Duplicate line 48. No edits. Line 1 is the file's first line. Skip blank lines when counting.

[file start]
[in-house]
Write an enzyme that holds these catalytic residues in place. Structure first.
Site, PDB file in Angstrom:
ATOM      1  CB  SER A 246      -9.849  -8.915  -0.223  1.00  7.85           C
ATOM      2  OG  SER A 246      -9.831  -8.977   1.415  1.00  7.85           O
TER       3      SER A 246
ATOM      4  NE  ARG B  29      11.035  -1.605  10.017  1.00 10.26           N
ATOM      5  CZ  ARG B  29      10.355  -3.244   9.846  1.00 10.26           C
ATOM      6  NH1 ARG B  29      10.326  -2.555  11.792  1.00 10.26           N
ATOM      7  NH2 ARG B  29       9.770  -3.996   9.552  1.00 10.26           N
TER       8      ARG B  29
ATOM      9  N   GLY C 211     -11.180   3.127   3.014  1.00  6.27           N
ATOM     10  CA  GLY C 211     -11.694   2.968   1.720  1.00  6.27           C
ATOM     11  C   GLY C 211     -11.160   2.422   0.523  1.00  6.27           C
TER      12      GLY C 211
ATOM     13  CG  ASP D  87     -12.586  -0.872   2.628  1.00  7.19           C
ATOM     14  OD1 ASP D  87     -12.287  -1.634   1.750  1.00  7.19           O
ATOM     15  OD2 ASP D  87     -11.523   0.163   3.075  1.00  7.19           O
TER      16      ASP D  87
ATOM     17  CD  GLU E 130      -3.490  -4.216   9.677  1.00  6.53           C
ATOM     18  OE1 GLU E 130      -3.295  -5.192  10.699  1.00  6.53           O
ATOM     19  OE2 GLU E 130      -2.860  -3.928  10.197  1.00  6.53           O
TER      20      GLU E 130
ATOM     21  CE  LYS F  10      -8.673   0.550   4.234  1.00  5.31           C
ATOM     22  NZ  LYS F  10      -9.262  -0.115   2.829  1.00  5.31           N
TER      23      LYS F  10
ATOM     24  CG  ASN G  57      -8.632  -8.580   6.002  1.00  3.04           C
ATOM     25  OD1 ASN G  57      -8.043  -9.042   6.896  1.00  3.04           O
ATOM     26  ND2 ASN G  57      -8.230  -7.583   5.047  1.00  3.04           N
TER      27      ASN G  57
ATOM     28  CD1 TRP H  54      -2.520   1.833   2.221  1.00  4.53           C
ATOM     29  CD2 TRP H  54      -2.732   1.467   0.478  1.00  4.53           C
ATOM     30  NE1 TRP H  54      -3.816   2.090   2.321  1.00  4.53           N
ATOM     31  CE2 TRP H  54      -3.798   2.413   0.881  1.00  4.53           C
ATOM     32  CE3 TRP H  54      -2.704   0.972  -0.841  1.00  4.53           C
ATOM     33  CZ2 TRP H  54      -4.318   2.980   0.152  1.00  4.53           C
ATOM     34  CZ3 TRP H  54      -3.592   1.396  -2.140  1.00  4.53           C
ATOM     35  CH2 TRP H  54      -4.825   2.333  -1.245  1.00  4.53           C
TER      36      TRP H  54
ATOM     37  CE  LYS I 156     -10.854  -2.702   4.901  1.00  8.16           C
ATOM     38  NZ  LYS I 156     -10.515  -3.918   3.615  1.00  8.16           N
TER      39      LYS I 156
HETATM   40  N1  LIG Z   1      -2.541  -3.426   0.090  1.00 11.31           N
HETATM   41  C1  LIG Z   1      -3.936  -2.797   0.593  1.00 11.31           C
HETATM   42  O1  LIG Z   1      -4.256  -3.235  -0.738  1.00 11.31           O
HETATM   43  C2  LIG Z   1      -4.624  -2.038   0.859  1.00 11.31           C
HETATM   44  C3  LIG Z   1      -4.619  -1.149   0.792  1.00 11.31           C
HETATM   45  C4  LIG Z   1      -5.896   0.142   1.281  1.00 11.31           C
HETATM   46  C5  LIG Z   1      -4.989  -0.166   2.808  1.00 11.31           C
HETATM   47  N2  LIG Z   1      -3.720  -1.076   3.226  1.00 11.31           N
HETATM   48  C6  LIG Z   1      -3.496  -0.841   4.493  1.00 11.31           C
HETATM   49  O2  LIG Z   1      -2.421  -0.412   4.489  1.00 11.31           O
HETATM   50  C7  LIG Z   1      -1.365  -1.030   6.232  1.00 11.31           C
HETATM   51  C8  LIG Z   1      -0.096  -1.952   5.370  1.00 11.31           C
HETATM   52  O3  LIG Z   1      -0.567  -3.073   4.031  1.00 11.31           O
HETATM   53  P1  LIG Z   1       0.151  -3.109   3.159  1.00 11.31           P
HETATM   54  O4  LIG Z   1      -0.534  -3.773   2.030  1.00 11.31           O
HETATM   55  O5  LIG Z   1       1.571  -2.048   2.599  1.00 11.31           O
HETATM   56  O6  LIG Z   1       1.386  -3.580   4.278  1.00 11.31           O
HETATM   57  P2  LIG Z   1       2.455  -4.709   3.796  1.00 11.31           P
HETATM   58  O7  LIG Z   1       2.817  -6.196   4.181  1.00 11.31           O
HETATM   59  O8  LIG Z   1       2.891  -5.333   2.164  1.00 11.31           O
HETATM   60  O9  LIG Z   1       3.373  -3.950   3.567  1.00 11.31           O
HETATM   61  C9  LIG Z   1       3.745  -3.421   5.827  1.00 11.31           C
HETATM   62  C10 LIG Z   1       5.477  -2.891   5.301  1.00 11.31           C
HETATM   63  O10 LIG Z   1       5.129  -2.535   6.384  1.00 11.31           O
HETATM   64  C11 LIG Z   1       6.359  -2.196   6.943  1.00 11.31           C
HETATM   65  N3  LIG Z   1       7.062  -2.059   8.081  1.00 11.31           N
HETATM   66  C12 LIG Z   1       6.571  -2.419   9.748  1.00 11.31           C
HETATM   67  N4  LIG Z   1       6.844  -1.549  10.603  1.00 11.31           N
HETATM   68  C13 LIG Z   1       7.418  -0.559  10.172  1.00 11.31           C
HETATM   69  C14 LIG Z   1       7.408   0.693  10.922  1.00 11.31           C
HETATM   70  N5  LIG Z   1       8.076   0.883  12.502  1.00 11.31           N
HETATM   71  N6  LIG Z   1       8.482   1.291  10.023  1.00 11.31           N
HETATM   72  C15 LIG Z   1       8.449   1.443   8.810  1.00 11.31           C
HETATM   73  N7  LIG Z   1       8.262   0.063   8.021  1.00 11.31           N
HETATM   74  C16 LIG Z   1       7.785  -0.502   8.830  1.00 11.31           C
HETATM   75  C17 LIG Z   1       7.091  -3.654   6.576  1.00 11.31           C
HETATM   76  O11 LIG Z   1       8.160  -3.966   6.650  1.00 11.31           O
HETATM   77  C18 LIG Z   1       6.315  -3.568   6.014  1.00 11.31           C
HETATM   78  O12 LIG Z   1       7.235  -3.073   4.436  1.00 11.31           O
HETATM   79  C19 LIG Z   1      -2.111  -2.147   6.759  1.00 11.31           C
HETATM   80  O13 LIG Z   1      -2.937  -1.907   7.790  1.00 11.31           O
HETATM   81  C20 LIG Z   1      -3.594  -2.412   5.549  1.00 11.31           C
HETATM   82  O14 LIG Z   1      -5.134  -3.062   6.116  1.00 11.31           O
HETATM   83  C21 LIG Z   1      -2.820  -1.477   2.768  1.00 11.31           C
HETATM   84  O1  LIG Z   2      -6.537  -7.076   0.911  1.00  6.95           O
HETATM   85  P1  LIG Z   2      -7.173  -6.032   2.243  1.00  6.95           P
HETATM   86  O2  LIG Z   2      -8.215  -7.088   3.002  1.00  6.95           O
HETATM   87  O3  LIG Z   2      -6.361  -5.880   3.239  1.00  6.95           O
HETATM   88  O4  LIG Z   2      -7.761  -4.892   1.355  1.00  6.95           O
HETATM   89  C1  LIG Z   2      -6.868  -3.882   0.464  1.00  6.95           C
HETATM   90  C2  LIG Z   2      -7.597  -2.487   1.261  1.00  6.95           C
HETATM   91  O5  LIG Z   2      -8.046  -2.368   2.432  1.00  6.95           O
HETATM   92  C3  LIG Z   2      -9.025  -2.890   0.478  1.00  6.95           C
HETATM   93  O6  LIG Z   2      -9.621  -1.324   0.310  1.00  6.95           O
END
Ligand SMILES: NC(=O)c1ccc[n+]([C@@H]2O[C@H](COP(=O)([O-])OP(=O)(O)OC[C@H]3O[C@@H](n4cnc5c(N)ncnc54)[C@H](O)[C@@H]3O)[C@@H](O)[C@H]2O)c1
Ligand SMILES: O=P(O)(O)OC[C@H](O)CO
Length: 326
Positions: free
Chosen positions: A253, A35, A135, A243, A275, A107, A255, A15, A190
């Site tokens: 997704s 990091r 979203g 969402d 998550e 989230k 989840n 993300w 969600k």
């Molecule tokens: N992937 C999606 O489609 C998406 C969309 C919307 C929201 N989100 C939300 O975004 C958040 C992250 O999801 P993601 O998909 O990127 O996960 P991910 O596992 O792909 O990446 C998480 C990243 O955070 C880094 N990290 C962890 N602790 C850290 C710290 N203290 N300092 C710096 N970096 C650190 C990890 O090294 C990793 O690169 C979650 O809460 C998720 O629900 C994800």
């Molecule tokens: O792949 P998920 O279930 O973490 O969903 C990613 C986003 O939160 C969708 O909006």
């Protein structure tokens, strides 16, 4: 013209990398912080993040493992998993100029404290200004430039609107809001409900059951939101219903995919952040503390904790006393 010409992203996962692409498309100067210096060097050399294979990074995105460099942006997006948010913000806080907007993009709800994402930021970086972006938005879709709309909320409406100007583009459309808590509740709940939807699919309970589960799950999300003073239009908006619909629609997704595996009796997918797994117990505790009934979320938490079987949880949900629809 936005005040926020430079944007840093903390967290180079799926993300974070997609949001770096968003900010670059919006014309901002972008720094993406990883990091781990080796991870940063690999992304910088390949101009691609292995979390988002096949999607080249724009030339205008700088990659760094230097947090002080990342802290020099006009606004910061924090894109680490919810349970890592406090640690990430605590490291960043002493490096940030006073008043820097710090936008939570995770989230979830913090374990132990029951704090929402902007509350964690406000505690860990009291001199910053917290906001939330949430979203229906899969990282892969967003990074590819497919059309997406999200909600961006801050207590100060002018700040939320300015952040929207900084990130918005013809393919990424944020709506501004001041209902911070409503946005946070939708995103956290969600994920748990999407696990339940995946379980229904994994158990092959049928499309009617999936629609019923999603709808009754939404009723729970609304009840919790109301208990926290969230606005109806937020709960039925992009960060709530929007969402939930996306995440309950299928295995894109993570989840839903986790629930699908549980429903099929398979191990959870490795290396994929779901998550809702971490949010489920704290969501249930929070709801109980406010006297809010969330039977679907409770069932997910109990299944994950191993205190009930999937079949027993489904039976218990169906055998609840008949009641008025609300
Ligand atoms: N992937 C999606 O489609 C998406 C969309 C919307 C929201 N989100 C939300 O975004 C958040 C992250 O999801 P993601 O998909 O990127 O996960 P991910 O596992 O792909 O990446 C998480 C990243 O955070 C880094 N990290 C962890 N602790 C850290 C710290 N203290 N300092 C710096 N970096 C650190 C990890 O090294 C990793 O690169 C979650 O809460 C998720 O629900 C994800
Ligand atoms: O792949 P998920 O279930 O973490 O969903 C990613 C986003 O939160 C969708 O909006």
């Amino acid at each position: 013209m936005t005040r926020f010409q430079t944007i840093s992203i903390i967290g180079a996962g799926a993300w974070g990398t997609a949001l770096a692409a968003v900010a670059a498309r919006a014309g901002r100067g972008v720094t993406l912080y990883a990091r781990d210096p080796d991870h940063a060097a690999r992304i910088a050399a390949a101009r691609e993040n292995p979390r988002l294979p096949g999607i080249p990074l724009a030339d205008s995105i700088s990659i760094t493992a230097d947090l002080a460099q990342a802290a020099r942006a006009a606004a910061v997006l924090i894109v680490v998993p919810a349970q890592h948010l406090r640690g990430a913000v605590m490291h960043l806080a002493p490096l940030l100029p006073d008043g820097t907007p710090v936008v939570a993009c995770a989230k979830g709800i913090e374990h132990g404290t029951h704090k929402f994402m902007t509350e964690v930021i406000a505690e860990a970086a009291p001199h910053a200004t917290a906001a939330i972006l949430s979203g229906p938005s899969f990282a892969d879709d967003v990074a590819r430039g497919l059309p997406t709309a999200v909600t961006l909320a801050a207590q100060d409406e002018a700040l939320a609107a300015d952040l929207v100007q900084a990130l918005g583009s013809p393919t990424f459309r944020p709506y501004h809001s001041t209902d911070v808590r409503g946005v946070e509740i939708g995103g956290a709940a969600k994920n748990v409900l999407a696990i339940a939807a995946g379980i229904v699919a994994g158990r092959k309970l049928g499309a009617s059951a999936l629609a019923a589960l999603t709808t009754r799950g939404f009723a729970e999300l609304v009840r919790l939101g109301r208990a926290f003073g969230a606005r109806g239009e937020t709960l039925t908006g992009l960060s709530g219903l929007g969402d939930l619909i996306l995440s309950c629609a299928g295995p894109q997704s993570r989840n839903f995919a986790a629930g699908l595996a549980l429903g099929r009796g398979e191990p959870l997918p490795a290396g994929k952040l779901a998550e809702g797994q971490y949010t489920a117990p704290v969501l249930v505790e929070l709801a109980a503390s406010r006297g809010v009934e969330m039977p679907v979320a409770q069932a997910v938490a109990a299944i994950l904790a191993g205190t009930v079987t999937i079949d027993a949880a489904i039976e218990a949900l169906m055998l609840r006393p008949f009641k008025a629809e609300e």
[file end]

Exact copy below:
HETATM   45  C4  LIG Z   1      -5.896   0.142   1.281  1.00 11.31           C